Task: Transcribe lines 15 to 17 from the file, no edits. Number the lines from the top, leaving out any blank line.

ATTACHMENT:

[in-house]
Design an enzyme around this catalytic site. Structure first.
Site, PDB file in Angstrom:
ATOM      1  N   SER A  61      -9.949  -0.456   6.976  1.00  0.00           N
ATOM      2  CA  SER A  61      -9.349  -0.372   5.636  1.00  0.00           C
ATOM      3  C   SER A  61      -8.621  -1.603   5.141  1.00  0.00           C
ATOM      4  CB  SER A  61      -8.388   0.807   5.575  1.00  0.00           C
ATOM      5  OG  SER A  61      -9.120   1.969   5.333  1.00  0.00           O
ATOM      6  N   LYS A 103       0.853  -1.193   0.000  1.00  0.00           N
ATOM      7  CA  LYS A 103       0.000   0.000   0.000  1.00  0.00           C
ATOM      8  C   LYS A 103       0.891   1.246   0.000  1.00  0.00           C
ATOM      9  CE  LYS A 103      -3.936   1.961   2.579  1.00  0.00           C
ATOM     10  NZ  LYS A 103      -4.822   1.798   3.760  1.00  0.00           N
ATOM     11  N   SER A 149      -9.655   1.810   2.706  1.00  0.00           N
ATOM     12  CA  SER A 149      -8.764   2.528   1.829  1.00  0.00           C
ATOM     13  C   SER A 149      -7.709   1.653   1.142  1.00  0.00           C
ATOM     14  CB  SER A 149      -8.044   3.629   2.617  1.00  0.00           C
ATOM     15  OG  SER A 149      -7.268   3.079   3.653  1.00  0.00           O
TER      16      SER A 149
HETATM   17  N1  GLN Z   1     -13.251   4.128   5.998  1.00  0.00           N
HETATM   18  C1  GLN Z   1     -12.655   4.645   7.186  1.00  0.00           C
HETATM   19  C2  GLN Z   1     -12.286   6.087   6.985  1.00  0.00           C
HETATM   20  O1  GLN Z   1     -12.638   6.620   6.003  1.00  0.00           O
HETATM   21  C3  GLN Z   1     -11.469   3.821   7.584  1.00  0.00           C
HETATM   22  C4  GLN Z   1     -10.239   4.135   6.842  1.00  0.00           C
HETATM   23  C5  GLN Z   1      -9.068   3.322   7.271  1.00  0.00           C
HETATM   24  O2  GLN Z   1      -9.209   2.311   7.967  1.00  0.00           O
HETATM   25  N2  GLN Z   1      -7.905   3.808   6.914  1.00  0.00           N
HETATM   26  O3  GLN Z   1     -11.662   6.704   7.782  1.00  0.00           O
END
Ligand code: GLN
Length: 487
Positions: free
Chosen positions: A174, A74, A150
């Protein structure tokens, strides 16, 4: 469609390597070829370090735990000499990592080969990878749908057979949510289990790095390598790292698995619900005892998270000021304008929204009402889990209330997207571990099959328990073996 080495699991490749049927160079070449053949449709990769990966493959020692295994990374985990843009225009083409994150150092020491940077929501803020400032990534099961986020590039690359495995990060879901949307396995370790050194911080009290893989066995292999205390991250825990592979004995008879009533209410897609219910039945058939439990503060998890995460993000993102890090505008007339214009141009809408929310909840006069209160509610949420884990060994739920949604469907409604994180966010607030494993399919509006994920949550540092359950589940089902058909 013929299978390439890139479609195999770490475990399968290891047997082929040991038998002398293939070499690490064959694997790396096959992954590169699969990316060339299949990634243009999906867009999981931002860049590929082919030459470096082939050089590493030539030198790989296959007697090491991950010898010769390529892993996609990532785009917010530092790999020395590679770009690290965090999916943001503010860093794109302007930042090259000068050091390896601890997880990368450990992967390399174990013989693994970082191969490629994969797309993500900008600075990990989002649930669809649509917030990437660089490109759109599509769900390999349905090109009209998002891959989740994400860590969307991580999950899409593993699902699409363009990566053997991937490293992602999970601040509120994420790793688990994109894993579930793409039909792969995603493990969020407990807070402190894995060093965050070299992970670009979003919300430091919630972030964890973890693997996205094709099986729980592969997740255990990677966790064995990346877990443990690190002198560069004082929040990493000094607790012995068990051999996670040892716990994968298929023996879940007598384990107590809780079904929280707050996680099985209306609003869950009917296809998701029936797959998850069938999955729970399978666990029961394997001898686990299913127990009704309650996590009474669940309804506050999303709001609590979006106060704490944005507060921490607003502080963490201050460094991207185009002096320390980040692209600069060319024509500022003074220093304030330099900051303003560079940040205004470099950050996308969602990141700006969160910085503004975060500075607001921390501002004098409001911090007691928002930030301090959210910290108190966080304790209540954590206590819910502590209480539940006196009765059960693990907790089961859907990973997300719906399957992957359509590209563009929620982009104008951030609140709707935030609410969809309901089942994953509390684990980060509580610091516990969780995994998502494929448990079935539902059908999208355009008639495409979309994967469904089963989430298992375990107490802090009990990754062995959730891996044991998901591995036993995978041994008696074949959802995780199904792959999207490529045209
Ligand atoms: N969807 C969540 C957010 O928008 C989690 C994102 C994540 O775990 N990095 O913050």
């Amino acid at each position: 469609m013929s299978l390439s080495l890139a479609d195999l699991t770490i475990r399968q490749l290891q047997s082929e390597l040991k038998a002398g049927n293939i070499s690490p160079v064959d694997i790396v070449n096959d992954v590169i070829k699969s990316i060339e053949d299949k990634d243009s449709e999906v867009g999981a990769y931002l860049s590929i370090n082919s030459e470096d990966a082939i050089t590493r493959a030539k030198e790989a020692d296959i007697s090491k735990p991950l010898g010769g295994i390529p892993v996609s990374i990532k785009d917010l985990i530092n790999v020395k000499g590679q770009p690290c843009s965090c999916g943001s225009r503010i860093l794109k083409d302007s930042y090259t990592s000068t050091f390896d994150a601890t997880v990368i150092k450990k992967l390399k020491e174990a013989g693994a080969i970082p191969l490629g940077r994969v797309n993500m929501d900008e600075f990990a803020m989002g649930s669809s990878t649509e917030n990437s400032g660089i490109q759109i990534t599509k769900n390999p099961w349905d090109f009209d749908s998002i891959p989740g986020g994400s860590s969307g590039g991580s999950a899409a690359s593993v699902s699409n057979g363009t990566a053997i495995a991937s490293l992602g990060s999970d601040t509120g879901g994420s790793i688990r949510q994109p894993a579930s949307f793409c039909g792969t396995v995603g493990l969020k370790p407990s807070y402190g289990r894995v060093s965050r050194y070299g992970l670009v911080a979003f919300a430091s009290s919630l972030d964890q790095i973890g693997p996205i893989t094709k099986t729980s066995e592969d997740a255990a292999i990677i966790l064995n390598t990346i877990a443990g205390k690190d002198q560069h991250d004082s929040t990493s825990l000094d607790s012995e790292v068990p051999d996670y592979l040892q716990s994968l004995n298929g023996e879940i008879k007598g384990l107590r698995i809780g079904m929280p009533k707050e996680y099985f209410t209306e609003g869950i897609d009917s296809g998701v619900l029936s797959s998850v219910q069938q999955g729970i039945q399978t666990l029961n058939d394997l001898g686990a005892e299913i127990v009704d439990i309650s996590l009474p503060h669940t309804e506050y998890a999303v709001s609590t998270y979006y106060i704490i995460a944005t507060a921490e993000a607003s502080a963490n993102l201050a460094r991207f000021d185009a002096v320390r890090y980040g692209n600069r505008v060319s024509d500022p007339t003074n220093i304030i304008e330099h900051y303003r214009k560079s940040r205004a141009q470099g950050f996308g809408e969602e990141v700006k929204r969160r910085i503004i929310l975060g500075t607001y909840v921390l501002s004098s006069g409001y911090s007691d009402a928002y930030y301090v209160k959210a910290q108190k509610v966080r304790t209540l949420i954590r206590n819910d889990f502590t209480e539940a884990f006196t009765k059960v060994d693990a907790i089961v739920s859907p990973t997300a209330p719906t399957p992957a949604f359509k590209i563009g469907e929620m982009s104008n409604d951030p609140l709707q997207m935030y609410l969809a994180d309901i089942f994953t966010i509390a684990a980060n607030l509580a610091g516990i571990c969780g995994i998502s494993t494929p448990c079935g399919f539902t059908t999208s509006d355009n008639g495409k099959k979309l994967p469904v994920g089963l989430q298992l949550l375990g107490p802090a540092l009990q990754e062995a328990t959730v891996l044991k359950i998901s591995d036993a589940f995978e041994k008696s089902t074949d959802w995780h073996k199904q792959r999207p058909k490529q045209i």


ATOM     12  CA  SER A 149      -8.764   2.528   1.829  1.00  0.00           C
ATOM     13  C   SER A 149      -7.709   1.653   1.142  1.00  0.00           C
ATOM     14  CB  SER A 149      -8.044   3.629   2.617  1.00  0.00           C